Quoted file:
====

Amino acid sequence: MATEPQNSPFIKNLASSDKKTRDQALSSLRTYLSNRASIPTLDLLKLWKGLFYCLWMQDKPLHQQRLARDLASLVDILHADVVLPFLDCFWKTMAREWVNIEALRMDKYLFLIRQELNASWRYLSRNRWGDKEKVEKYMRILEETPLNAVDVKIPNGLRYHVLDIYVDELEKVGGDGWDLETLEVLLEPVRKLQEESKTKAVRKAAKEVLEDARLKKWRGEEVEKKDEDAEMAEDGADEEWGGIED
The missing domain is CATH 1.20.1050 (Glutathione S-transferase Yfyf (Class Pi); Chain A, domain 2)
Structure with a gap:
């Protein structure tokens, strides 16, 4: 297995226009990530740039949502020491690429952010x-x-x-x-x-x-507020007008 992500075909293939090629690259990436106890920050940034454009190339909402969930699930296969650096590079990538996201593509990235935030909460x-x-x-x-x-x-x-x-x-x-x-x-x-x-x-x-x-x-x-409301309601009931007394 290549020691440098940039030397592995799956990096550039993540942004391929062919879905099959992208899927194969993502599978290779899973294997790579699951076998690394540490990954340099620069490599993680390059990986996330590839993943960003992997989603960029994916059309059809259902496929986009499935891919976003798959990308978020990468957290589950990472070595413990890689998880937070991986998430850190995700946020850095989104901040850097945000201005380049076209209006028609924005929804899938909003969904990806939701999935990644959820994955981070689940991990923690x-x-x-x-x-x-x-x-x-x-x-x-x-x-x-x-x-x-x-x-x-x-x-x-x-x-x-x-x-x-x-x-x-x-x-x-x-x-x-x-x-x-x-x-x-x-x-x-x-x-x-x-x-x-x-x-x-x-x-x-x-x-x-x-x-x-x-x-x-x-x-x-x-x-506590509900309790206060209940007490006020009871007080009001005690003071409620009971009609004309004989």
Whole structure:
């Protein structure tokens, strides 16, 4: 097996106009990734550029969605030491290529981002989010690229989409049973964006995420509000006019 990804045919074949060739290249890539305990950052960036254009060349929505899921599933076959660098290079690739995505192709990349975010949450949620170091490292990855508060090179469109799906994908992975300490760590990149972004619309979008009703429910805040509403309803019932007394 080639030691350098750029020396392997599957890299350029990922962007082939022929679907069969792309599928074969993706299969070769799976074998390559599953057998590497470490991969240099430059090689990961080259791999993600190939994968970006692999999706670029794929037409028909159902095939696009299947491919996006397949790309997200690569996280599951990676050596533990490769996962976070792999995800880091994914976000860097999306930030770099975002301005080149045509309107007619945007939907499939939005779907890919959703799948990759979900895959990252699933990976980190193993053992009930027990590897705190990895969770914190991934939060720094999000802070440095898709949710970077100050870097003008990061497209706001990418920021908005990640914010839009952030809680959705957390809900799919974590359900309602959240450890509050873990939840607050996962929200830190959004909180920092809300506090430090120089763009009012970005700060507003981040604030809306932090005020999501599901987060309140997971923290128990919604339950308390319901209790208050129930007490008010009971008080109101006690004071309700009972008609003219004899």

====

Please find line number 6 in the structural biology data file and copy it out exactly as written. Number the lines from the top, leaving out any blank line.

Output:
């Protein structure tokens, strides 16, 4: 097996106009990734550029969605030491290529981002989010690229989409049973964006995420509000006019 990804045919074949060739290249890539305990950052960036254009060349929505899921599933076959660098290079690739995505192709990349975010949450949620170091490292990855508060090179469109799906994908992975300490760590990149972004619309979008009703429910805040509403309803019932007394 080639030691350098750029020396392997599957890299350029990922962007082939022929679907069969792309599928074969993706299969070769799976074998390559599953057998590497470490991969240099430059090689990961080259791999993600190939994968970006692999999706670029794929037409028909159902095939696009299947491919996006397949790309997200690569996280599951990676050596533990490769996962976070792999995800880091994914976000860097999306930030770099975002301005080149045509309107007619945007939907499939939005779907890919959703799948990759979900895959990252699933990976980190193993053992009930027990590897705190990895969770914190991934939060720094999000802070440095898709949710970077100050870097003008990061497209706001990418920021908005990640914010839009952030809680959705957390809900799919974590359900309602959240450890509050873990939840607050996962929200830190959004909180920092809300506090430090120089763009009012970005700060507003981040604030809306932090005020999501599901987060309140997971923290128990919604339950308390319901209790208050129930007490008010009971008080109101006690004071309700009972008609003219004899």